tl;dr: What is wrong with the efficiency of methods such as .append() and what can be alternatives to this?

Explanation: Hello everyone. I occasionally have to build A/B tests for websites, which means that i have to change sites using only jQuery(or javascript of course) to alter appearances and functionalities of websites. This means no 'hard'-html/css or the likes. Now i'm pretty much the only one with the slightest knowledge of javascript that works here, so i don't get much peer reviews. Now we are working with a customer and their developer sends me this feedback:

'jQuery isn't used optimally by appending seperate/loose items into the DOM'.

An example of this is an accordeon item i added to the site, by typing (something along the lines of):

$('#site_container').append('<div id="container"><div id="container_click">Content to click on</div></div id="container_expand">Content to be shown when expanded</div></div>');
$('#container_click').click(function(){//animate to height function here});

Now i've already tried to do my own research, and i know typing an entire element with it's content in 1 string is not as secure as making an object and then adding attributes to that object. For a temporary test however, i do not think this is such a big issue, since they only tend to live for a week or 2.

I do realise the solution feels a bit flimsy, but i do not really see a different approach.

Now my question is: What does the other developer mean with optimally? Is there a big part of jQuery i'm missing? Is there a way to approach problems like these more efficiently?

  • Why not just ask the developer himself what he meant with "optimally"? We neither know.
    – Bergi
    Commented Dec 17, 2014 at 18:13

1 Answer 1


What they probably meant is that manipulating the DOM is slow and that you can avoid injecting HTML through jQuery.

What you can do, instead, is to have A/B variants both in your original HTML. Then, you hide the B variant by default, and switch from A to B by simply hiding the one and showing the other.

An even better alternative is to have two HTML templates, one for A variant, another one for B. This way, you don't even need to rely on JavaScript.

Performance-wise, I'm not sure if you need to take in consideration their remark. Unless you're doing a lot of DOM manipulation, you .append() maybe slows down the page by a few milliseconds or even microseconds. Unless you've profiled the app and determined that your .append() is the actual bottleneck, don't bother.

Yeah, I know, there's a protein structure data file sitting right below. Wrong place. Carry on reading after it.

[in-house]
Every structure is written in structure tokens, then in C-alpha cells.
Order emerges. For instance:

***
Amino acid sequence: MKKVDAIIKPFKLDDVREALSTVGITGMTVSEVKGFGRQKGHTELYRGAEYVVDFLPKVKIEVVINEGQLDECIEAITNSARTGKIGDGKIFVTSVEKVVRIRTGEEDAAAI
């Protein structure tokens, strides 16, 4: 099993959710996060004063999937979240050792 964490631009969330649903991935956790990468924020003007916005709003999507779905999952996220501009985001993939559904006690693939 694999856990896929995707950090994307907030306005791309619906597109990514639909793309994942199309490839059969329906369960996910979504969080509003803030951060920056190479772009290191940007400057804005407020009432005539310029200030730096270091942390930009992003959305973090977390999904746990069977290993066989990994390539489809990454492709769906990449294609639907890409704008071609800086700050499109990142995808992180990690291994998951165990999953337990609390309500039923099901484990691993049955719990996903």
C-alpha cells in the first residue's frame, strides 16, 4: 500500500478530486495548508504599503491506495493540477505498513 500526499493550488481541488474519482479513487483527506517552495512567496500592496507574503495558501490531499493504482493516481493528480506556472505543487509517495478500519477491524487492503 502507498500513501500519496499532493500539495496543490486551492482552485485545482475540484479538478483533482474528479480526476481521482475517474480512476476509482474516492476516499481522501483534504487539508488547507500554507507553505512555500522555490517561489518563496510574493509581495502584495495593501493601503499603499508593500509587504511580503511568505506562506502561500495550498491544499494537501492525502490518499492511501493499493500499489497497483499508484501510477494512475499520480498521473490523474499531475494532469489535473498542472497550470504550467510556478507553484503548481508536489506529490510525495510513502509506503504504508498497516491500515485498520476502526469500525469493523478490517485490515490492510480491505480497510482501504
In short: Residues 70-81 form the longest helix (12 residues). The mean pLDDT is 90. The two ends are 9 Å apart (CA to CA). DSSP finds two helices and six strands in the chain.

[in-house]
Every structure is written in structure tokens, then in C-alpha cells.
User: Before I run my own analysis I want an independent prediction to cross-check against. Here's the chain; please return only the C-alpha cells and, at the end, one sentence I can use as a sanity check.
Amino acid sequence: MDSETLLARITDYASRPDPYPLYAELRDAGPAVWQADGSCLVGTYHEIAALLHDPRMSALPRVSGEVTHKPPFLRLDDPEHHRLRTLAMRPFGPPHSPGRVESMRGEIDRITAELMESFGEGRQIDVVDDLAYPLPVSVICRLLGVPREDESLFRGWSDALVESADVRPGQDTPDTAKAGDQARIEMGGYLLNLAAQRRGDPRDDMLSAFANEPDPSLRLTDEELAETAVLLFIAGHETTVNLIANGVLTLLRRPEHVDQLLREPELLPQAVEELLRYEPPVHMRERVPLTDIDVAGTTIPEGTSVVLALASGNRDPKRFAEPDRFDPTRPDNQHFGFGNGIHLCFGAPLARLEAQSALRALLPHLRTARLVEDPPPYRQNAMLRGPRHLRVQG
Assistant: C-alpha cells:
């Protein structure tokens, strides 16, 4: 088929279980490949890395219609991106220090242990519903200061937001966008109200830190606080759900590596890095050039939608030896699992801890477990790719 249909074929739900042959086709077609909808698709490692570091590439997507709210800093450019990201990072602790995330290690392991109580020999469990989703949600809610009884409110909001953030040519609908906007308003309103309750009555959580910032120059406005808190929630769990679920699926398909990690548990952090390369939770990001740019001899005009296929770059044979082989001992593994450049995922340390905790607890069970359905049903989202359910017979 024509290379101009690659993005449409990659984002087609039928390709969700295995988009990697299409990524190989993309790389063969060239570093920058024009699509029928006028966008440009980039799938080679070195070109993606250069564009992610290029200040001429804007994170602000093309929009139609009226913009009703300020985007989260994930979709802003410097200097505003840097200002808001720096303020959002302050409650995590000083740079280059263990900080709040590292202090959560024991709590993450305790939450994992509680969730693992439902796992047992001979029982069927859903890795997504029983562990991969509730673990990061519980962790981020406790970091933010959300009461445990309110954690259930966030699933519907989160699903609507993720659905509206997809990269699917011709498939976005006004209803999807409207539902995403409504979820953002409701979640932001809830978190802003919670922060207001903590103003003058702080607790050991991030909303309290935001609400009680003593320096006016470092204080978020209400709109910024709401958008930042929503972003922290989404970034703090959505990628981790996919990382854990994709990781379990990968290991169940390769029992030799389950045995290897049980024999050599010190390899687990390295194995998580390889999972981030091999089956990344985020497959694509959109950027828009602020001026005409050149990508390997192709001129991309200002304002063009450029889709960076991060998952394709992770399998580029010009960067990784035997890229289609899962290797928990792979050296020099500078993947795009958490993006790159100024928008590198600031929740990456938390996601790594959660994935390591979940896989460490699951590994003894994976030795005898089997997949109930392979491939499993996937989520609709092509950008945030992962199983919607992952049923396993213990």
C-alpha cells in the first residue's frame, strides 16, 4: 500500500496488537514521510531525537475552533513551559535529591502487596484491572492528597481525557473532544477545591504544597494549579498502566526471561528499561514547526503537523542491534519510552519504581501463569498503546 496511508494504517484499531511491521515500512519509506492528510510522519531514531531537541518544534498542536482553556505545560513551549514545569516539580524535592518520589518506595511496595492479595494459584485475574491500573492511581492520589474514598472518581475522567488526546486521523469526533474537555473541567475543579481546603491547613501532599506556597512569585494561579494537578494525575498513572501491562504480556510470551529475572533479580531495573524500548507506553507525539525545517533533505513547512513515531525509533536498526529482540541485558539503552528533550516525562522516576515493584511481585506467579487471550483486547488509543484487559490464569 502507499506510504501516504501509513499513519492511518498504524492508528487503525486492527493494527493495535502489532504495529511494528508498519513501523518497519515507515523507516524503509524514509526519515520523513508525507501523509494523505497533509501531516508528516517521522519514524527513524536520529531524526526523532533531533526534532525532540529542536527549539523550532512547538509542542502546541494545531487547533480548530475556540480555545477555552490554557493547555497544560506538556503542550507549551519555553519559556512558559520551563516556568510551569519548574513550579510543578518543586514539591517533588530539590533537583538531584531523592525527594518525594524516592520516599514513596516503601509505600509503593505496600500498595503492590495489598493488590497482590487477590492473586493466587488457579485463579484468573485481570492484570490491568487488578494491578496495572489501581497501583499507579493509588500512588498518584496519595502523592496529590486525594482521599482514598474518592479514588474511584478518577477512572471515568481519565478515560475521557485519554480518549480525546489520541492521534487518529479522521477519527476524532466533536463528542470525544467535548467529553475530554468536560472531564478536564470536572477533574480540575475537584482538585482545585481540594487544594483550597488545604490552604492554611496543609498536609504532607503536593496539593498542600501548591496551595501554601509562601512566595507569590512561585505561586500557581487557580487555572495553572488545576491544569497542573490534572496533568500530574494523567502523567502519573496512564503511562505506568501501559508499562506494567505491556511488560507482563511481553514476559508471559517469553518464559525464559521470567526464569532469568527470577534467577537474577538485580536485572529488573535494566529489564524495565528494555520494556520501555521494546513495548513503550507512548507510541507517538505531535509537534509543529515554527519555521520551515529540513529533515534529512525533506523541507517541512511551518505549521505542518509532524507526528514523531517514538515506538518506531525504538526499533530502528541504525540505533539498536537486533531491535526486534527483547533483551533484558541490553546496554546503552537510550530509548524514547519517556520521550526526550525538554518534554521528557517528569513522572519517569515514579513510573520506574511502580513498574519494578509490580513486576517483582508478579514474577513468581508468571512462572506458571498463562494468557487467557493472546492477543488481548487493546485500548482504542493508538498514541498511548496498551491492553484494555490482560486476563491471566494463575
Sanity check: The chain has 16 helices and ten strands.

You may, on the other hand, be interested by 43,439 reasons to use append() correctly blog article and by .append VS .html VS .innerHTML performance answer on Stack Overflow.

  • Thanks for the feedback. However, we do the tests for customers, and we never have any acces to their html. We work with A/B programs that can only inject javascript, so that is my limitation.
    – Davy
    Commented Dec 17, 2014 at 12:34
  • How can jQuery avoid the DOM when appending an element to the DOM?
    – Rob
    Commented Dec 17, 2014 at 12:35
  • @Rob: see the last link in my answer: in their particular case, innerHTML appears faster than .append. Commented Dec 17, 2014 at 12:46
  • @MainMa You said "you can avoid injecting HTML through jQuery" and I asked how does jQuery avoid the DOM when inserting HTML into the DOM. I'm not asking about speed.
    – Rob
    Commented Dec 17, 2014 at 12:56
  • 1
    @Rob You don't inject it. Instead, you can do as MainMa suggested and have both parts in the HTML already, then use jQuery to set a class to indicate which will be show. Your CSS would control what shows up based on that class.
    – cbojar
    Commented Dec 17, 2014 at 13:40

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